Varun Aaron
Varun Aaron(celebrating) would be hoping fitness issues do not bother him anymore in the futureReuters

The ball swings in sharply, shatters the stumps -- Varun Aaron has castled Mooen Ali-- one of the few bright spots for India in the fourth Test against England. The ball before that Aaron had let slip a quick short delivery which had Ali fending at clumsily.

Aaron, who consistently bowled around the 140 kilometre mark in the Manchester Test, would be looking to cement his place in the Indian team. The pacer from Jharkhand, who made his debut back in 2011 against the West Indies in Mumbai, hasn't always had it easy. No less than five stress fractures have affected his short career. Pace is Aaron's main weapon and he has no intention of sacrificing it despite the injuries.

"If you have five stress fractures and still bowl fast you have got to be a little mad to do that. I don't think a normal, sane person would like to bowl fast after getting the injury," the pacer said.

While Aaron does not bowl at a blistering pace, like Jeff Thomson or Waqar Younis did in their heyday, he can regularly beat the batsman with his quickness and short deliveries.

"Varun is showing the attitude of a true pace bowler. He is quick and aggressive, and the results are there for you to see," NDTV Sport quoted former South African pace-bowling great Allan Donald as saying.

England's Stuart Broad, a fellow pacer, would testify to Aaron being quick and hostile. Broad had his nose broken after an Aaron 87.5 miles per hour short delivery snuck in through his helmet and hit him on the third day of the fourth Test. No doubt Broad will greet Aaron with a few short deliveries of his own in the final Test at the Oval, which starts on Independence Day Friday.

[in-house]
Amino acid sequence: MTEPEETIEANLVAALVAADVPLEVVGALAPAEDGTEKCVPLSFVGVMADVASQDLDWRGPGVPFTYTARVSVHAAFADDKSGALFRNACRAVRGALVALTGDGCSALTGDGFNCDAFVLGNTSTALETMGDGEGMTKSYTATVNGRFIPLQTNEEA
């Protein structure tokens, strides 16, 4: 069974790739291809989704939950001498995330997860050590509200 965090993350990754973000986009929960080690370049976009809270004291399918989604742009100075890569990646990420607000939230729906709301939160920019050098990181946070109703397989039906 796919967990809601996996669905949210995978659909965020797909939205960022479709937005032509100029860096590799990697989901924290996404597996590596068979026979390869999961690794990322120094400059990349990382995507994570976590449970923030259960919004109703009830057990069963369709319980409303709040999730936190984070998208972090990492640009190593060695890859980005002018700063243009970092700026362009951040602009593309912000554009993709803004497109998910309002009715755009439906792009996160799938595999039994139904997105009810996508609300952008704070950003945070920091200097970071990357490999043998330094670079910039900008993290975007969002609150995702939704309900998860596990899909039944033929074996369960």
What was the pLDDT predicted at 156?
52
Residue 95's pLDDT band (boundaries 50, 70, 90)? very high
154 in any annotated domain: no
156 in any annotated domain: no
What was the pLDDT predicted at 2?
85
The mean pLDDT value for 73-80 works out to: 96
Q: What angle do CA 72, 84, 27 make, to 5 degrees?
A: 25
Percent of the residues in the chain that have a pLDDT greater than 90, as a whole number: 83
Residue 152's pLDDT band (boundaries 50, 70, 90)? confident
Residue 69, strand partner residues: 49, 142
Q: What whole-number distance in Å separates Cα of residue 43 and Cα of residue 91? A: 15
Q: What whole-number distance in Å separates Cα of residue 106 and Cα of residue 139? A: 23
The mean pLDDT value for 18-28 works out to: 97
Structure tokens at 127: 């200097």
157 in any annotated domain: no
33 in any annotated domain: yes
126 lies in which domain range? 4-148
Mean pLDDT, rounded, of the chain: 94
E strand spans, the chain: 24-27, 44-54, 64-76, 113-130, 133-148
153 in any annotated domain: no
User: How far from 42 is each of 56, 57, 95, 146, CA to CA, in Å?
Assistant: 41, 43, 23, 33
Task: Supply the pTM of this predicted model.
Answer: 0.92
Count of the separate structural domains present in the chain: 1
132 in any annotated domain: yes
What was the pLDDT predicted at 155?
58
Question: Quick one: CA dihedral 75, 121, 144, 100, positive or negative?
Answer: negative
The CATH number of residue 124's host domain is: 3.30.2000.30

Aaron will have to strive hard to be fit as the stress fractures have occurred with alarming regularity in his life. Stress fractures cause pain only when bowling, according to him.

The Jharkhand man could have toured Australia in 2011 but as luck would have it he had a stress fracture. More ill-luck was to follow in 2012 as another stress fracture befell him. This is one period he would love to forget.

"In 2011 I got injured after my debut Test. Then I played the IPL, but the same stress fracture occurred again. My aim was to recover and play the Ranji Trophy in the next season. Everything was going well, and then suddenly during the rehab there was a relapse. That was definitely the lowest point of my career," the pacer revealed.

That stage is well behind him fans would hope. He appeared to be in good shape in the fourth Test at Old Trafford. Aaron and another pacer Umesh Yadav in tandem can ensure that India have the ammunition to hit back when oppositions go at them with extreme pace.

One remembers Yadav hitting Ricky Ponting on the elbow with a fast short ball in Melbourne in the first Test of the India-Austalia series in 2011. Yadav's absence in England is baffling considering the Englishmen have had a tough time coping with serious pace of late especially when the ball is pitched short.

"Those two are the quickest bowlers. What makes them attractive is they are very aggressive mentally. They can get stuck in," said former South African paceman Allan Donald, according to Cricinfo.

Indian fans would be hoping Aaron can get stuck in when India take on England in the final Test at the Oval.